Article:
How to Sell a Studio Flat
Non-mainstream property asset – Studio flats are suitable for short-term accommodation for a single person. Living in a studio flat for any longer than a year is likely to feel cramped. Living and sleeping in a confined space is okay for a short time only. And trying to live in a small area as a couple can be even more difficult. The fact that studio flats do not make good long-term accommodation means they are not a stable asset compared to bigger flats and houses.
Lowest end of the property market – One good thing about studio flats is that they’re cheap! But this can also be a problem. In a booming property market when prices are high, studio flats are snapped up because larger flats are unaffordable for many. But in a slow market, buyers have more choice, the price for one bed flats becomes more affordable, so buyers leapfrog over studio flats and opt for a longer-term purchase. In a slow market there is still a demand for studio flats, but there is an exaggerated downward pressure on pricing.
Mortgage lenders also take the view that a buyer at the lower end of the market, with a lower income is be more likely to default on their mortgage repayments.
Size – For mortgage lenders this is the most important test in deciding whether to lend or not. The Housing Act states that a room with less than 10.2 sq m of floor space is unsuitable for two people to sleep in.
Purpose built v’s conversions – A purpose built studio flat with “smart features” e.g. built in facilities and a mezzanine floor to add more living space makes life more comfortable for the occupier. Buyers and mortgage lenders will be particularly cautious of studio conversions, checking to see if appropriate planning permission and building consent has been obtained.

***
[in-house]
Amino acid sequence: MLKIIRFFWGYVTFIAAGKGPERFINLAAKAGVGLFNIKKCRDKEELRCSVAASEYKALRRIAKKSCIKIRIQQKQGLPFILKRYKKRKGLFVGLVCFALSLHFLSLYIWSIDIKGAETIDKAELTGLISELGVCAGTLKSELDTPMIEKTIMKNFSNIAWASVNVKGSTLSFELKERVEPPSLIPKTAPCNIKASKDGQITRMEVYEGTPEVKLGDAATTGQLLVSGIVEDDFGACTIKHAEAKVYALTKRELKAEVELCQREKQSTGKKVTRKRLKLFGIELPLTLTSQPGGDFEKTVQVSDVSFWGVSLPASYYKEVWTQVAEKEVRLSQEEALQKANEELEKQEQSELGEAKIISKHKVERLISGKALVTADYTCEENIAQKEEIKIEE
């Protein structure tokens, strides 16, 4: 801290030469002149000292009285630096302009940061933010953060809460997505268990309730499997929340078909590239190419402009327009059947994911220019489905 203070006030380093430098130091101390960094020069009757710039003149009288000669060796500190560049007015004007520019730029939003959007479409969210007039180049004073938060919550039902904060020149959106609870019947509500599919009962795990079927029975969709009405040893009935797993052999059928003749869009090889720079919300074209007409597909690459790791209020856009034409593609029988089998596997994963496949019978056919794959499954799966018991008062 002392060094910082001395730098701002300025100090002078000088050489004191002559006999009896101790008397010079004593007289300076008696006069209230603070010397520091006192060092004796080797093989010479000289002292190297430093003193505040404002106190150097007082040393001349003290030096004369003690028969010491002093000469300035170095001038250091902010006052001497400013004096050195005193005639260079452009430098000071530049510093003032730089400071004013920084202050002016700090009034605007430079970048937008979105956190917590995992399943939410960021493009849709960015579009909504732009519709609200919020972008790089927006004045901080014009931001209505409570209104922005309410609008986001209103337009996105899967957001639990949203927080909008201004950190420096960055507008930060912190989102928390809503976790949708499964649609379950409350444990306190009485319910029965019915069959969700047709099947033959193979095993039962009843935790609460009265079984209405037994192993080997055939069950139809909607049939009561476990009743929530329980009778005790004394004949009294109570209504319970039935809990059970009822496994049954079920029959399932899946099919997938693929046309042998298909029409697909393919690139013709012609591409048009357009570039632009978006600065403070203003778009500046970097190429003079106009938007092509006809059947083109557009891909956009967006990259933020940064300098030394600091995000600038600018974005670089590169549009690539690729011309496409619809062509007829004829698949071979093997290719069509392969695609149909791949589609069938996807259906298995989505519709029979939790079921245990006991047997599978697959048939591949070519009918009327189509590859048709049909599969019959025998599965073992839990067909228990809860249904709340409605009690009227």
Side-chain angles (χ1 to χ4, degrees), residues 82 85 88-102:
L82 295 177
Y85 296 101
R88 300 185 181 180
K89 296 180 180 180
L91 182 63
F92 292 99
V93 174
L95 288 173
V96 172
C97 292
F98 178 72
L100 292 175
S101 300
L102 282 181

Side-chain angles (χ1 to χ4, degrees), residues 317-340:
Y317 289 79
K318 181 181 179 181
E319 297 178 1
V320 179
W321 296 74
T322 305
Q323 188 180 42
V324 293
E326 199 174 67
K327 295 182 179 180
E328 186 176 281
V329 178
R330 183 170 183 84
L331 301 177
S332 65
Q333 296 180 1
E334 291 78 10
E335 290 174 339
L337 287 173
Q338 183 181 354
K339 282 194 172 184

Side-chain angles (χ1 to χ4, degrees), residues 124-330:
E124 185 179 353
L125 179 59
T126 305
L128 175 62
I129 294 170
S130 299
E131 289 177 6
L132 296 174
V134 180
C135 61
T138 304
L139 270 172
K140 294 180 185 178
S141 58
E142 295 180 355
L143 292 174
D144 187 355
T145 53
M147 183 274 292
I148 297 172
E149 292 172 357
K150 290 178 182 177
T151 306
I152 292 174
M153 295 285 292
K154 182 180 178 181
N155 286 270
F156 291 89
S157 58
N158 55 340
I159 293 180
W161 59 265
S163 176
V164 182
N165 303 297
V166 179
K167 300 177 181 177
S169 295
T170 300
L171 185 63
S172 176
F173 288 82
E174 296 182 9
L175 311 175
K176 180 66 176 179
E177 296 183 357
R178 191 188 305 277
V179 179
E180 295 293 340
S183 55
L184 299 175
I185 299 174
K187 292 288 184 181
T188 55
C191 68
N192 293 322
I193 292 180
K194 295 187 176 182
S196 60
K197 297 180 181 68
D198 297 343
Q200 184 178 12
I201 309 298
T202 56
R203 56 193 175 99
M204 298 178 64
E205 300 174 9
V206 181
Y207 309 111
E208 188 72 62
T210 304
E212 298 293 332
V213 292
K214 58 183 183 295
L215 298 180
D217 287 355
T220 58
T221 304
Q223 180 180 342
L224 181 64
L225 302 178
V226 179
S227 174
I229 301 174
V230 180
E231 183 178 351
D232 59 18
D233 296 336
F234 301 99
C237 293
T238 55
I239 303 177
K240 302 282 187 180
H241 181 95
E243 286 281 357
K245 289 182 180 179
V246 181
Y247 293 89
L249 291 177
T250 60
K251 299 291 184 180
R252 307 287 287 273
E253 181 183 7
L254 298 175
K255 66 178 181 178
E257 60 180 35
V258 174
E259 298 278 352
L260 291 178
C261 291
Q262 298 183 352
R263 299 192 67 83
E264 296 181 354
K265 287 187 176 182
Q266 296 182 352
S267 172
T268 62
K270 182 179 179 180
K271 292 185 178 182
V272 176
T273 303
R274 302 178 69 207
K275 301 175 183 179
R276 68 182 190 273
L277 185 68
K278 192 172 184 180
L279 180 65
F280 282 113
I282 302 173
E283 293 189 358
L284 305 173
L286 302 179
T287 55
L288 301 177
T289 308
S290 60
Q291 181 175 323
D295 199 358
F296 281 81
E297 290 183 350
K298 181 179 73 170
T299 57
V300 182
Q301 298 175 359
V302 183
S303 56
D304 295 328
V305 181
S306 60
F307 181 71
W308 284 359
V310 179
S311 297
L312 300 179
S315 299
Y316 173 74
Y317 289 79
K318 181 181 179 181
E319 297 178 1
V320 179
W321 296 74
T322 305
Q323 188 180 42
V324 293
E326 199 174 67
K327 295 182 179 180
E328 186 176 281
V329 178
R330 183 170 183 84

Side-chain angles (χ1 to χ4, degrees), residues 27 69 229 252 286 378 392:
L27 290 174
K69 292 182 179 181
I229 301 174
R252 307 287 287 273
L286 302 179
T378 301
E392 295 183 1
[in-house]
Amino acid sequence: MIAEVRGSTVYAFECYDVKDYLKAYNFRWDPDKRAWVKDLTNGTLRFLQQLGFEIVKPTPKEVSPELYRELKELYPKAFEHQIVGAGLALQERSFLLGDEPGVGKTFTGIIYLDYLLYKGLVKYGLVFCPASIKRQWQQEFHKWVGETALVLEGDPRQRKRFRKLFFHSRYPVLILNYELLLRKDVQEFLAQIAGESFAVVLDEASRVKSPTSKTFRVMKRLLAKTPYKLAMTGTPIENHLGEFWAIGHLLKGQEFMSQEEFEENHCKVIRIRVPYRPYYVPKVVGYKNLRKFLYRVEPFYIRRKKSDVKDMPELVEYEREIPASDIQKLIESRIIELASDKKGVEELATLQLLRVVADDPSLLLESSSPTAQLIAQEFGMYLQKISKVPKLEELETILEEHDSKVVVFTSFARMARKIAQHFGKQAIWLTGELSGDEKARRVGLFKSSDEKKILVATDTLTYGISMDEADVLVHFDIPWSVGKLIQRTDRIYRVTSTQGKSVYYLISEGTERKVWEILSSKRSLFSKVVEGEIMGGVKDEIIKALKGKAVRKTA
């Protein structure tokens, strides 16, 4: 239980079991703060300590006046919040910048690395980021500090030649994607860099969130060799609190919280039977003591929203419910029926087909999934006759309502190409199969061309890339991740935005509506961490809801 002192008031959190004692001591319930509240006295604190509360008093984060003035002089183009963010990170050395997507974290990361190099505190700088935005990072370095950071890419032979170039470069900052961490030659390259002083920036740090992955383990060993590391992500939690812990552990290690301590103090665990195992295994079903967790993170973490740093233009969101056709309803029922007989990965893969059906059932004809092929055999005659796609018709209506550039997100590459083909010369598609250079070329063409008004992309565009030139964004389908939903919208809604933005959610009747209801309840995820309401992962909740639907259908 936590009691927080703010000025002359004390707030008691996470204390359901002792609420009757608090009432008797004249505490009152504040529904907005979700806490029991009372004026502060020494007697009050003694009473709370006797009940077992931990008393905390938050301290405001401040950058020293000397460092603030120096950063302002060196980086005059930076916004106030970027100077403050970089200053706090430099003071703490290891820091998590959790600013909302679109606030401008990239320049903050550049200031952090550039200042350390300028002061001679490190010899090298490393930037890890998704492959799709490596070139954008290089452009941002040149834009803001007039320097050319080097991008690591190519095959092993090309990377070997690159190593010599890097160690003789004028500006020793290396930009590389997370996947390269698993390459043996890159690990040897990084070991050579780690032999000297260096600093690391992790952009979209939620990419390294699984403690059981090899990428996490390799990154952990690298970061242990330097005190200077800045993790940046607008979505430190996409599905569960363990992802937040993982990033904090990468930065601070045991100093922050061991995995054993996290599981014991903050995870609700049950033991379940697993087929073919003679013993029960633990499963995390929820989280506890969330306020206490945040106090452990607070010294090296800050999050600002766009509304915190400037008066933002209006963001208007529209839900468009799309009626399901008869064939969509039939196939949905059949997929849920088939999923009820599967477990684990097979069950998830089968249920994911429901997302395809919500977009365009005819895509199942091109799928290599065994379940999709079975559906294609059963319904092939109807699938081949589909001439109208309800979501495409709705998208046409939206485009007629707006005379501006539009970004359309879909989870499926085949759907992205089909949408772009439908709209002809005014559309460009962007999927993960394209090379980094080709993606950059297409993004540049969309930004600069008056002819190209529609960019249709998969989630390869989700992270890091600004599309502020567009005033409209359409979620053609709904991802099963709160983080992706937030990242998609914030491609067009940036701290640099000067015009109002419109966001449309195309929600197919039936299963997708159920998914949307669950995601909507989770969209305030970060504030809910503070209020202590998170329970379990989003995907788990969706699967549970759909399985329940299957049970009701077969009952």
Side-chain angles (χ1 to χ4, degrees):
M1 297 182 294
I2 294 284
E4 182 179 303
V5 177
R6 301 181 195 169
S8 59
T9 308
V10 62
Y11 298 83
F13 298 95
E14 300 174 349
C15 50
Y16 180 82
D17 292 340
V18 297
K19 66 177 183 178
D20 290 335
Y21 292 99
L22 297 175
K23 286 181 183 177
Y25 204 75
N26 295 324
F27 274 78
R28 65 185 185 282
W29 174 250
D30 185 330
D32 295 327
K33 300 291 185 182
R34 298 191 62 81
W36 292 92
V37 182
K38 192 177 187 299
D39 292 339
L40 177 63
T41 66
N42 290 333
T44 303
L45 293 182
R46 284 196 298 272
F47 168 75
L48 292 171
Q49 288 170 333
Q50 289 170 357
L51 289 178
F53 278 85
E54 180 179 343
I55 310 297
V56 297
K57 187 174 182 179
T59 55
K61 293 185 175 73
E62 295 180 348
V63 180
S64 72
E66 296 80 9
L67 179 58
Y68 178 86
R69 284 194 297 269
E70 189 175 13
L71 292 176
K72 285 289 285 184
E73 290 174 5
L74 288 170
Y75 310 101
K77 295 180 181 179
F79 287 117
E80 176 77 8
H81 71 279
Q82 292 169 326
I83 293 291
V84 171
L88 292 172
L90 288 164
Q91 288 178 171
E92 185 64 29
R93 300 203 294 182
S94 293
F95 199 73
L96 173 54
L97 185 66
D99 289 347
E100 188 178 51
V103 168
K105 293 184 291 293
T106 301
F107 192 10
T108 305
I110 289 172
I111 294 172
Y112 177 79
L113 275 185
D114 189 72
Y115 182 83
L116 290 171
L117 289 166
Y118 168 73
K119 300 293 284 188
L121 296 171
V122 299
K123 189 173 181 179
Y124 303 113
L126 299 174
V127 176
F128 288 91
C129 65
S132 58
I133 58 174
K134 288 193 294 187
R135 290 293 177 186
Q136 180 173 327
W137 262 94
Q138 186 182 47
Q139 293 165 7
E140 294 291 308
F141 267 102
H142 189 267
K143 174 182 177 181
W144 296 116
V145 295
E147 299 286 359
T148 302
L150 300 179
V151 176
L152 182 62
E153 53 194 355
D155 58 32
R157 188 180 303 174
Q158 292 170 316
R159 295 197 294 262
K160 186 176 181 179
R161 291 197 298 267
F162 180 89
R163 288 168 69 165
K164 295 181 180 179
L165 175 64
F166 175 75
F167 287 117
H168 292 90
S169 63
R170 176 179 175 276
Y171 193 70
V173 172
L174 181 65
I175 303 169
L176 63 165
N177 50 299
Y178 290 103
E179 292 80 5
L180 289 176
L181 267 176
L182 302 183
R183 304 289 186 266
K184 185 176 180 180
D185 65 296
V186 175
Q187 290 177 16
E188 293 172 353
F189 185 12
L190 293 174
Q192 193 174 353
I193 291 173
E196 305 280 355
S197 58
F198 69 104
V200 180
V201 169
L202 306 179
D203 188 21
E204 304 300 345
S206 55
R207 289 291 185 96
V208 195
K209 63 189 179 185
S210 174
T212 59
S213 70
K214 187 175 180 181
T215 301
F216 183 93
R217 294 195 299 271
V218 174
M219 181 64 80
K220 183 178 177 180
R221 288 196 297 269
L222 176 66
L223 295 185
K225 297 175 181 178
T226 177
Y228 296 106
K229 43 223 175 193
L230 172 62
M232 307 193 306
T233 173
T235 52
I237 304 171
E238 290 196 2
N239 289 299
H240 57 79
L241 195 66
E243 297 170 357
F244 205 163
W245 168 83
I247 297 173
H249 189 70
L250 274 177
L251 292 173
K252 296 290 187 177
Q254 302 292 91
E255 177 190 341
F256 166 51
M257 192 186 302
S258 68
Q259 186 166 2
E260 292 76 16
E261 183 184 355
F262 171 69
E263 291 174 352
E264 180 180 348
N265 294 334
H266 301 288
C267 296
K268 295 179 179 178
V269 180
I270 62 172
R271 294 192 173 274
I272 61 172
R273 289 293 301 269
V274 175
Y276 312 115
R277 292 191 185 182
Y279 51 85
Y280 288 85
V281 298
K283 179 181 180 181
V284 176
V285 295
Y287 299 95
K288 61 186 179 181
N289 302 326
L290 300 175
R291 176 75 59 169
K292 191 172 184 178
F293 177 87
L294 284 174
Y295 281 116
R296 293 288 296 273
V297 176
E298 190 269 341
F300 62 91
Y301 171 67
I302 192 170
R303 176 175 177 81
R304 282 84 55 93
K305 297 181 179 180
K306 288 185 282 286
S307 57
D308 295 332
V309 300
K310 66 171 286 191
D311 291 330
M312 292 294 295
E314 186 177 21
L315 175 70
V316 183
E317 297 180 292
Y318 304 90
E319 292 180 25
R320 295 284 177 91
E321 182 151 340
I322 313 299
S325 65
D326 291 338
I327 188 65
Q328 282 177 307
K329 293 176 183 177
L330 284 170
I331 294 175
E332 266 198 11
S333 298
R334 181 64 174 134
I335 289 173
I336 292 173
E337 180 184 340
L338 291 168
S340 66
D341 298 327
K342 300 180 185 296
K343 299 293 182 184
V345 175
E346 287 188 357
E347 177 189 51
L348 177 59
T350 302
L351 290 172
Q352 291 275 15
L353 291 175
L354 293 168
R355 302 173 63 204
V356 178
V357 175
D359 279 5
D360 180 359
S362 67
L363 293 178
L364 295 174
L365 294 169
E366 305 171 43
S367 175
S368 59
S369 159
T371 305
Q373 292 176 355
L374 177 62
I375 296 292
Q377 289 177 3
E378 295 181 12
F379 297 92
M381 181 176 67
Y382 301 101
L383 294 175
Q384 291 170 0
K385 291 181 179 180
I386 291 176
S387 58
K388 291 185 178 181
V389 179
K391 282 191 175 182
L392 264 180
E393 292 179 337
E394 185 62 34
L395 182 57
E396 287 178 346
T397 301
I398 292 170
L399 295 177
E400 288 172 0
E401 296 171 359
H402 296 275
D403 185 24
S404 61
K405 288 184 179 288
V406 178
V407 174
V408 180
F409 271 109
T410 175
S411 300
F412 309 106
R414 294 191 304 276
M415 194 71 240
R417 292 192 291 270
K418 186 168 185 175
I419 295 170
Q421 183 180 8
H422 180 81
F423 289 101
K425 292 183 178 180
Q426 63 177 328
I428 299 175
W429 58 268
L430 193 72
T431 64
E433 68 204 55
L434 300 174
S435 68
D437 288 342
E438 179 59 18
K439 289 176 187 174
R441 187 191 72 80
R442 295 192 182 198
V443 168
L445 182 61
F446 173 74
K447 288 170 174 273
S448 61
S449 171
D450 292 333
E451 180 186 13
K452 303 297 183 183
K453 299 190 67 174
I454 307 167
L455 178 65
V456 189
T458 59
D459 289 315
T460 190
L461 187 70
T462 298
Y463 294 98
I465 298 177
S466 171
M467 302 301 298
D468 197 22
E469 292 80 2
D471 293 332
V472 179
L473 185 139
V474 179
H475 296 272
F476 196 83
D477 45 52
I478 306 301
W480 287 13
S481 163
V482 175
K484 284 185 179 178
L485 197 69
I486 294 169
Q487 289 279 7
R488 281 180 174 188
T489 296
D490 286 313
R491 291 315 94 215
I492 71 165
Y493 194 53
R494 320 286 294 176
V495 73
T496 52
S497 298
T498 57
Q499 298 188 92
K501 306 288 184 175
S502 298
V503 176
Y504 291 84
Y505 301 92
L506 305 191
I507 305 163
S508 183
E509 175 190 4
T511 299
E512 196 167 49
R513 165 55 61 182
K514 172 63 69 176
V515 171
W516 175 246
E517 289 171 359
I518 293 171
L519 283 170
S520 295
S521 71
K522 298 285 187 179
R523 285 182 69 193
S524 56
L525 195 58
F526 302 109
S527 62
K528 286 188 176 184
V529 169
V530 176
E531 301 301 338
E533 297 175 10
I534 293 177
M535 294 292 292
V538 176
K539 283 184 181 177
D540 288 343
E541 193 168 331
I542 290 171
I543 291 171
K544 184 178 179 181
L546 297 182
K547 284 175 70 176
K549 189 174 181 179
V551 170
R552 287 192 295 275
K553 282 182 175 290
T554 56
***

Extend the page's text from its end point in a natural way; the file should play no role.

Location – Mortgage lenders rely particularly heavily on surveyor’s comments about “saleability” when deciding whether it’s suitable to lend. An important part of that will be the location of the property. The more salubrious the location and the more luxurious the building, the less size matters to a lender.
Studio flats above commercial premises and basement flats will also make lending more difficult.
Rental prospects – If the owner of a studio flat needs to move, then the prospect of being able to rent the flat out will be an important consideration. Some leasehold properties have restriction in the lease that means they cannot be rented. For those that can be rented the rental yield is often quite good because some local authorities pay the same rent for a studio as they do for a one bed flat.
Ensure the buyer has their mortgage approved as soon as possible, not just their affordability checks, but the final post-survey decision from the mortgage company. Choosing a buyer with a sizeable deposit will help too, it will increase their chances of obtaining a mortgage.
If your studio flat is not suitable for mortgage lending then an auction sale should be considered as the first option. Attempting to sell a “cash buyer only” property by private treaty (estate agency) sale can be very time consuming and buyers often take the chance to chip away at the price over the course of negotiations, sometimes significantly reducing their offer a few days before exchange of contracts.
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